In general, condominium unit owners can rent their home to tenants, similar to renting out other real estate, although leasing rights may be subject to conditions or restrictions set forth in the declaration (such as a rental cap for the total number of units in a community that can be leased at one time) or otherwise as permitted by local law.
Difference between a cooperative and condominium
In a cooperative, the building containing the residential units or apartments is owned by a 'cooperative housing corporation.'
CONDOMINIUM VERSUS COOPERATIVE OWNERSHIP: A PRIMER
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Ownership – Actual form of ownership is the main difference between coops and condos. While both usually provide the same end result—ownership of a unit in a building—there are significant differences that may influence your purchasing decision. Buying a condo, though it may be a unit in an apartment building or a unit in a complex, is much like purchasing a house. Buying a coop on the other hand is very different and involves the purchase of shares in a hooding corporation that owns the units in a building.
A condo is “real property.” Each unit owner owns an individual apartment in perpetuity and owns an undivided interest in the common elements of the building including the exterior walls, the roof, and lobby. Ownership of a condo is more like a house and the owner will have a deed as evidence of that ownership.
Coop buildings are owned by a non-profit corporation. When one purchases a unit in a coop building, they are really purchasing shares in the corporation, which come with a “proprietary lease” to the unit. Technically, the shareholder does not actually own the apartment, but a piece of the corporation. The larger the apartment, the more shares of the corporation are owned. Buying a coop is generally thought to carry a higher degree of risk, because you are investing in a corporation. If the corporation is in poor financial condition, the shareholder could potentially lose the coop apartment. In other words, invest wisely. Many banks will not lend to a purchaser buying into a coop that consists of only a few units or if too few of the units have been sold. Purchasers should beware of coops that have large balloon payments coming due or tax abatements that will be ending.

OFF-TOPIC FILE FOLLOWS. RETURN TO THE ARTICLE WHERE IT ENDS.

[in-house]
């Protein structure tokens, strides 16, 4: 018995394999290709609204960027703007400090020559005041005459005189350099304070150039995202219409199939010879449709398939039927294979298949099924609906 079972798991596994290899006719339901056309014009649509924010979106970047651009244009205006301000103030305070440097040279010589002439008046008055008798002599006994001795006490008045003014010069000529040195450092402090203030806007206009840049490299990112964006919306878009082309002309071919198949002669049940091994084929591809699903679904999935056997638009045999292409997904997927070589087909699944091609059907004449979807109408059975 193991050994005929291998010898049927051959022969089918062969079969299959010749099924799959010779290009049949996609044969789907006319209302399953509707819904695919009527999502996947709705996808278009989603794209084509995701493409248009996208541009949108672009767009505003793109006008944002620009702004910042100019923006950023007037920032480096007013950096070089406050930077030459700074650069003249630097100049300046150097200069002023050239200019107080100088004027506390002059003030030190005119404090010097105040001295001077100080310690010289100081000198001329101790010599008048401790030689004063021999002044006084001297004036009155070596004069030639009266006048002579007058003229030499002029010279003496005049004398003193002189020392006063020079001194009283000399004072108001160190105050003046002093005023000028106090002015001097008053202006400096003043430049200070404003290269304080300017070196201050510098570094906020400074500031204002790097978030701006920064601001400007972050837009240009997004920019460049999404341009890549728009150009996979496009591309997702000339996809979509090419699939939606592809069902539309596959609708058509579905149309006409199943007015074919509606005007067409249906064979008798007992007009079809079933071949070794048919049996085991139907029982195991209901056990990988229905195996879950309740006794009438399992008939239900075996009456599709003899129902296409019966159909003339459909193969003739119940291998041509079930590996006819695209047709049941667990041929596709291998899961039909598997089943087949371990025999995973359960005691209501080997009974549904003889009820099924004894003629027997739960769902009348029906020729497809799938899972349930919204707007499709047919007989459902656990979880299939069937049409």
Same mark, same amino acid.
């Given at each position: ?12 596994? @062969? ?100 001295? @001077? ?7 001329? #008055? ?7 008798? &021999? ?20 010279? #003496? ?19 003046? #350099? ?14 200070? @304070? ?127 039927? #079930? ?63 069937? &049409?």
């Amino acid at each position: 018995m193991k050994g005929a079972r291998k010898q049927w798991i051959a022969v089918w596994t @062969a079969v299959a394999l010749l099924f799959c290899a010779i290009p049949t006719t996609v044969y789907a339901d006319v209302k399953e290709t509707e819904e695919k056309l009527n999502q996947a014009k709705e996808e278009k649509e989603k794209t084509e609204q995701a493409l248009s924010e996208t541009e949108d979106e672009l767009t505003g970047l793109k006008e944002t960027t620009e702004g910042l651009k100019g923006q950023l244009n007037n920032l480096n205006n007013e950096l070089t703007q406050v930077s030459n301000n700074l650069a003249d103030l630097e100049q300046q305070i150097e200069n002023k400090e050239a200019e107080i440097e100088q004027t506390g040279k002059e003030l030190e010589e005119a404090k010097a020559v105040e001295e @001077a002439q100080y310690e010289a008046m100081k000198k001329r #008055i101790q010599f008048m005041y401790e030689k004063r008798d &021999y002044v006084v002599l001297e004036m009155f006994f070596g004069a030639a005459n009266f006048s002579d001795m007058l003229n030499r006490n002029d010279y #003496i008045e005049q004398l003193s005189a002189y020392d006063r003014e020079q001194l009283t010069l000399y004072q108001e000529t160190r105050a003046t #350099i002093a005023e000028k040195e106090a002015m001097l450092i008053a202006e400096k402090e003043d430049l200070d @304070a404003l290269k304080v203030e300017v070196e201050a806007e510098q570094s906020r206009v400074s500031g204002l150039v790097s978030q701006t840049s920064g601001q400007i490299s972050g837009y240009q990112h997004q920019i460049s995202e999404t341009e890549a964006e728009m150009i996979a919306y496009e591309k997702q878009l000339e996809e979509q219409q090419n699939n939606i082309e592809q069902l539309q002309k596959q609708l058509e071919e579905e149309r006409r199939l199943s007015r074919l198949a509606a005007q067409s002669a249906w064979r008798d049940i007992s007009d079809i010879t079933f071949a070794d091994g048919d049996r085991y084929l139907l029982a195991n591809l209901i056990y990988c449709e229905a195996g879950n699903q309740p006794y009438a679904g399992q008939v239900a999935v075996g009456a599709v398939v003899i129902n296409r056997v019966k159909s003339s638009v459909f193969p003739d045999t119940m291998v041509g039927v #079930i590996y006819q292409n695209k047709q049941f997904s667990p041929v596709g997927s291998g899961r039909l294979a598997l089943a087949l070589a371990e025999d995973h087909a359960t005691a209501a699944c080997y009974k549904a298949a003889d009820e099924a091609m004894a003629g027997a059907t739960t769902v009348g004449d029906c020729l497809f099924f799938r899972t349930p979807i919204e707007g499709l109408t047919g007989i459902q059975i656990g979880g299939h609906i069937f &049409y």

Control on Transfer of Ownership – Condos are governed by a condominium association and coops have a board of directors (the “coop board”). Although many condo associations claim the right to either approve or disapprove the transfer of ownership, they generally have little power over the individual unit owner. Coops, on the other hand have the right to approve or deny the sale of shares on the basis, for example, of the buyer's perceived inability to make the payments. They may also block the sale to celebrities, who they believe may disturb the peace and quiet of other shareholders. While bound by federal fair housing laws that prohibit them from discriminating against buyers due to race, religion, sex, nationality, etc., coops can, and do, choose purchasers based on financial resources and criminal background.
Property Taxes – Since condos are owned individually and are real property, each unit appears in the property tax rolls as separate entities and, as a result, individual owners are taxed separately. Because the entire coop property is owned by the corporation, the building appears on the tax rolls as a single piece of property. The corporation pays the property taxes and passes along the cost to the shareholders, usually as part of the monthly maintenance fee, according to percentage interest in the corporation. Property taxes are generally lower in coops than in condos.
Since condos are resold individually, the appraisals and higher sales prices are recorded separately. This has the effect of producing higher assessed values and consequently, higher property taxes. Coops, as sales of stock, are not recorded at all and the only way a sale could be reflected in tax rolls is if the entire piece of property were sold, which is rare. As a result, the rising value of the coop property usually lags in terms of assessed value and corresponding tax bills.